Heritage plaster restoration for Melbourne’s Forum Theatre
The 2017 Melbourne Forum Theatre heritage plaster restoration and redevelopment project was headed by building owners the Marriner Group. The Marriner Group extensively planned and consulted with various specialists with one goal in mind, redeveloping the beloved theatre and modernising its services to re-introduce the theatre as a true multi-purpose venue.
In contrast to the recent demolitions of iconic heritage buildings throughout Australia, the Marriner Group was passionate about restoring the theatre’s heritage. This goal was achieved by restoring the theatre back to its original design and floor plan, as in its 1928 construction, while implementing modern-commercial compliance.
Vision Ornate Plaster’s specialist service was showcased to the client in the previous 2016 renovation of the Melbourne Princess Theatre ground floor and wintergarden ceiling restoration. This project not only displayed our attention to detail and passion, but more importantly developed a great working relationship with the client.
Therefore Vision Ornate Plaster was brought on board for the massive Forum Theatre redevelopment. Our unique scope of works in production, heritage plaster restoration and installation by the one company was a perfect fit for this unique project.
Vision Ornate Plaster, along with the Marriner Group and a vast team including Soma Building (Vic), Threthowan Architecture (Vic), Jackson Interiors (Vic), Mulholland Painting (Vic) and various specialist trades, undertook a major feasibility study of the planned Forum Theatre redevelopment. Countless hours were then spent on design, sequencing and financial planning.
With all this successfully addressed the major redevelopment began.
Major tasks for Vision Ornate Plaster were:
- Retaining and relocating a 30m-long x 4m-high heritage moulding wall, comprising several tons and seven segments of original framing and plaster mouldings.
- Reproducing 300m2 ornamental ceiling, including original ornamental plaster beams, vents and cornice.
- Repairing the theatre’s famous Michelangelo and Grecian-inspired statues.
Additionally, countless heritage plaster restoration works were undertaken throughout the entire building as a result of floor plan renovations and commercial service modernisation, including:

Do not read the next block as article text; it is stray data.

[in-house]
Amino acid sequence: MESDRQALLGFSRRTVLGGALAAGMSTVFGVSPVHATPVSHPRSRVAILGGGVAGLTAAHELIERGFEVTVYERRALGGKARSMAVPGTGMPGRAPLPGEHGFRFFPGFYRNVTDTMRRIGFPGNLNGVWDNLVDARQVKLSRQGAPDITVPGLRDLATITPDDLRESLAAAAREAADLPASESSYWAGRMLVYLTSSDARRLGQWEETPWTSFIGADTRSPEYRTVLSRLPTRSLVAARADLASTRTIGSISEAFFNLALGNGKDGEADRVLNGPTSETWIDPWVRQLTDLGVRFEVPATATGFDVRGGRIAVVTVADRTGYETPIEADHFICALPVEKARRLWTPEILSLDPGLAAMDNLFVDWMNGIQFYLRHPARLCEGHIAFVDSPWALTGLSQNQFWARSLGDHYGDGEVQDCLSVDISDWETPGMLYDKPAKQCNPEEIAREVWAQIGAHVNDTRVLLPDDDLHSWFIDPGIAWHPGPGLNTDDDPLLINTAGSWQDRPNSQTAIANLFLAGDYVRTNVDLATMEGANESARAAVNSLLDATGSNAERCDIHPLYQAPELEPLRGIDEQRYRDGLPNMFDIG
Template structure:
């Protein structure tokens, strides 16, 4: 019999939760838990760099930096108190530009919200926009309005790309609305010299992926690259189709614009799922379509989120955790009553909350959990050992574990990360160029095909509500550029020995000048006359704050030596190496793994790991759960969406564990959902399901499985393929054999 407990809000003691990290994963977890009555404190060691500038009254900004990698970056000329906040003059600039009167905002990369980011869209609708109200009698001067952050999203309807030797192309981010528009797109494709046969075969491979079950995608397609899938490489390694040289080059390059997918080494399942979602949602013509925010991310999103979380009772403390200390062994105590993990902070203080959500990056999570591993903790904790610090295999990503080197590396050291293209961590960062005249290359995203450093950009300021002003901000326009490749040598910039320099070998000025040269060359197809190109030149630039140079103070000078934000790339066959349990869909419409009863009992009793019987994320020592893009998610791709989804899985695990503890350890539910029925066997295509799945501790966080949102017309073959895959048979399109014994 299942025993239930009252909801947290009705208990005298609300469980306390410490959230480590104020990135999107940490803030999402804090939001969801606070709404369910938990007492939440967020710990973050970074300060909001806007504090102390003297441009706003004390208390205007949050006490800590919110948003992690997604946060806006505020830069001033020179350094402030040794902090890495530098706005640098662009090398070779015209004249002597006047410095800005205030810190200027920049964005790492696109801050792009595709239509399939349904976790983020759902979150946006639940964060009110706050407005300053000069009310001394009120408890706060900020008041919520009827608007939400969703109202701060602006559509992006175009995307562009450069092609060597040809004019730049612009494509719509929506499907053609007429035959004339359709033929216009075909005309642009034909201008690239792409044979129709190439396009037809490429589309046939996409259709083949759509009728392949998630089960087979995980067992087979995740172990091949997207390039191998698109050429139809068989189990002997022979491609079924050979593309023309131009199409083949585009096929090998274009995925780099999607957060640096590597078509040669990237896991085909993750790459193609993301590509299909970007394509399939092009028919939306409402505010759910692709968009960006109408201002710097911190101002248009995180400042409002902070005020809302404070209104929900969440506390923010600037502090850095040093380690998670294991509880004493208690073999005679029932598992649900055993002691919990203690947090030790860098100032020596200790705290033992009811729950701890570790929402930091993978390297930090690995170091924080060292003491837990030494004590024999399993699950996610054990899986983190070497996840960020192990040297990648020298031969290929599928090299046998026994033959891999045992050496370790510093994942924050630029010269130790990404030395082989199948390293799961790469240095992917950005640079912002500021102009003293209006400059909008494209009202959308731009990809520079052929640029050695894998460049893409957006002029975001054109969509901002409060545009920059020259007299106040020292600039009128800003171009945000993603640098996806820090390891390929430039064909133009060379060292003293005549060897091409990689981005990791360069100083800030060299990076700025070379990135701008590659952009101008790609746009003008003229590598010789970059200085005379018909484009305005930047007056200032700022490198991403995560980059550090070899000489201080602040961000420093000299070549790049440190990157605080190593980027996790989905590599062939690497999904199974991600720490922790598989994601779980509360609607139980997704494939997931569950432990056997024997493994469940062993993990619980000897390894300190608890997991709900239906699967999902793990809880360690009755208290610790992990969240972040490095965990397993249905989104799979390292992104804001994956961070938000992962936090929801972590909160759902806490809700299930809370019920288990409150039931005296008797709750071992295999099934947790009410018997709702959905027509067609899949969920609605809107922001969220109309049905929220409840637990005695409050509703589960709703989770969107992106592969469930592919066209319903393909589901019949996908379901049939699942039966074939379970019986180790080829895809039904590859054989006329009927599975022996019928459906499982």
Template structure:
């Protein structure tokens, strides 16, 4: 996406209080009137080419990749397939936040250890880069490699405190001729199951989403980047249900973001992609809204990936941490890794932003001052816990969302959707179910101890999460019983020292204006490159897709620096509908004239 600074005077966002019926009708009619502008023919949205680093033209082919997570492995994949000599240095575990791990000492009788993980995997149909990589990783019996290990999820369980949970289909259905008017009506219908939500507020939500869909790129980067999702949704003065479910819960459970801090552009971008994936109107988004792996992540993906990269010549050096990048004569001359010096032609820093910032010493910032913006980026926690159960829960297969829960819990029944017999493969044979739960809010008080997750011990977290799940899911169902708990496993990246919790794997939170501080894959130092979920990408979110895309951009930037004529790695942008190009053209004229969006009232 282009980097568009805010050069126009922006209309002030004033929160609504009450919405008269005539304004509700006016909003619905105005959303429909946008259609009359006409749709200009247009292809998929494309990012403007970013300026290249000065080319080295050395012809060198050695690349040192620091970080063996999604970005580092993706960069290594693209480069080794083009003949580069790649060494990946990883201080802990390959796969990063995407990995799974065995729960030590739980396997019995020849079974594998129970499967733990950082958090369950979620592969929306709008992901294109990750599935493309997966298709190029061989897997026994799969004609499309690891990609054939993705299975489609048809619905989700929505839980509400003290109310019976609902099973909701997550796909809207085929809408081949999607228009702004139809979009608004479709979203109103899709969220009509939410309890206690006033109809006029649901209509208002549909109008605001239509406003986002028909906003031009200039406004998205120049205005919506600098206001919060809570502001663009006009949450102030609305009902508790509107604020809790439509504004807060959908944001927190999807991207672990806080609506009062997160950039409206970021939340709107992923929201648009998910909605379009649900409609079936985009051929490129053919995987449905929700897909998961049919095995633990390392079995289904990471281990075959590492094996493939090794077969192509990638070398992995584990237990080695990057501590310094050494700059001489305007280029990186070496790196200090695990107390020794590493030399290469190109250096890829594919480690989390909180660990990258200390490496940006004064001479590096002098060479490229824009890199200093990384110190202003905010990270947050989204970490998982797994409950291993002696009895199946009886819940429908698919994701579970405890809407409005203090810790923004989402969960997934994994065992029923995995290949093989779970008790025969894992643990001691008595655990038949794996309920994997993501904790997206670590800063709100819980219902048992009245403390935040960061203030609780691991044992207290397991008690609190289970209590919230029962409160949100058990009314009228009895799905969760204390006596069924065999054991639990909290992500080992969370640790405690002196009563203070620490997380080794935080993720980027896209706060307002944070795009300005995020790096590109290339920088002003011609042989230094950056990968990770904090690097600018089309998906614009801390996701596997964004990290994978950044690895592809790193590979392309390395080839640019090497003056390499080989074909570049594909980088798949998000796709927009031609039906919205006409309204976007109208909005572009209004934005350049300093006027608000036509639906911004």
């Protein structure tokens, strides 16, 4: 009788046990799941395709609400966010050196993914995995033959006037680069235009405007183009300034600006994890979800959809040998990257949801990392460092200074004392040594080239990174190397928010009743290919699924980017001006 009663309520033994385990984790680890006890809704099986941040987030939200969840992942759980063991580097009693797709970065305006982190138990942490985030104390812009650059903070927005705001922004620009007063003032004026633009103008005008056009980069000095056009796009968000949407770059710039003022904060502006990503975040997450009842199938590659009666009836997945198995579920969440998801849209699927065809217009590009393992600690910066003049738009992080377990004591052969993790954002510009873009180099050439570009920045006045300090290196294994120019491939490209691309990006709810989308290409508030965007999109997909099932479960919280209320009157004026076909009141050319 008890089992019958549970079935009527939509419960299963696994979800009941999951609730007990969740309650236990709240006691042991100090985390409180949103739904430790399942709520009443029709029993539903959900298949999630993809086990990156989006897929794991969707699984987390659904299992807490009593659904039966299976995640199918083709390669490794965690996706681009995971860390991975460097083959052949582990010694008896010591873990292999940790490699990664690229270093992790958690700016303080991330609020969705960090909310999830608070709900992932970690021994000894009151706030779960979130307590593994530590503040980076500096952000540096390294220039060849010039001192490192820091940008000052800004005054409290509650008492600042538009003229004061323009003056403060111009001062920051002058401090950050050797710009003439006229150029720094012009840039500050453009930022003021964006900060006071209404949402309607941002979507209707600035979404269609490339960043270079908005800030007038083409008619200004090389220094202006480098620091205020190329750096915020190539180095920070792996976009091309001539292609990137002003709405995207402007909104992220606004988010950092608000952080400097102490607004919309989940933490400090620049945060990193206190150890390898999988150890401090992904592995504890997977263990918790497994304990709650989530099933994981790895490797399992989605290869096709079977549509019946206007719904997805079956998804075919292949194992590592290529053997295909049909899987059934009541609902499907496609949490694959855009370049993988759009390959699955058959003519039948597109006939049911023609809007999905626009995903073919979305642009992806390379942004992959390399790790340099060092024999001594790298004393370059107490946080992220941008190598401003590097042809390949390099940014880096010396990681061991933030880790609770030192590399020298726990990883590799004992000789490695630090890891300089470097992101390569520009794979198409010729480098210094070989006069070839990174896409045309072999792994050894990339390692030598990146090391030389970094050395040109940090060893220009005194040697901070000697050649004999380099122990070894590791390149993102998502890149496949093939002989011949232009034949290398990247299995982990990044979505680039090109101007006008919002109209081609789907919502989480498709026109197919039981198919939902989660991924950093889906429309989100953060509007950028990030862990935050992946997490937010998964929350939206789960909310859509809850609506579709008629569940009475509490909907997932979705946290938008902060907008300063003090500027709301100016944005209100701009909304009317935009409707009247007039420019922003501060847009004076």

- Reproducing missing and damaged moulds, using specialist moulding techniques such as paint on silicone moulding.
- Customising existing moulds with on-site mould casting and hand carving.
- Developing original moulds to architecturally adapt to modern fittings.
Retaining and relocating a 30m heritage moulding wall
To increase the floor area and bring the theatre’s floor plan closer to the 1928 floor plan, a 30m-long x 4m-high heritage moulding wall needed to be relocated back 10 metres.
The hardwood-framed wall supported large arch arrangements, columns, statues and a giant angel head and wing monument. The wall served as an entrance to the Hosier Lane side bar and kitchen areas that were constructed over the original areas in 1996.
The 1996 bar and kitchen area were demolished and Vision Ornate Plaster conducted an industrial archaeology study. The study determined the materials and techniques used in the original construction of the heritage moulding wall. This helped develop a plan on how to carefully dismantle the wall and eventually re-construct it.
Vision Ornate Plaster then divided up the wall into seven modules, photographing and cataloguing each section in a series of pre-dismantling documents. These proved invaluable for the heritage wall reconstruction and were used by all associated trades.
The seven modules were painstakingly dismantled with framing still intact and another series of demolition documents were catalogued for further reference. With the help of more than 10 tradesmen, the pieces were shifted to storage to wait for re-construction.
With a brand-new floor built and the new location for the wall set out, Vision Ornate Plaster prepared to re-construct the 30 metres and several tons of heritage moulding wall. This included the full clean-up of the framing and plaster, ensuring minimal alterations when re-joining the seven modules and re-strengthening of the load-bearing framing and moulds.
Vision Ornate Plaster used heavy-duty mechanical lifters and manual labour to prop the segments into place safely and accurately. Adding to the challenge and due to the split floor level, re-constructing had to start from the middle segment and work outwards.
No definitive fixing was used until Vision Ornate Plaster and the clients were satisfied with the positioning. Modern-day laser levels were also used to re-ensure accuracy of the works. The segments (approximately 3m x 3m in size) came together so accurately that original paint flakes and cracks lined up perfectly.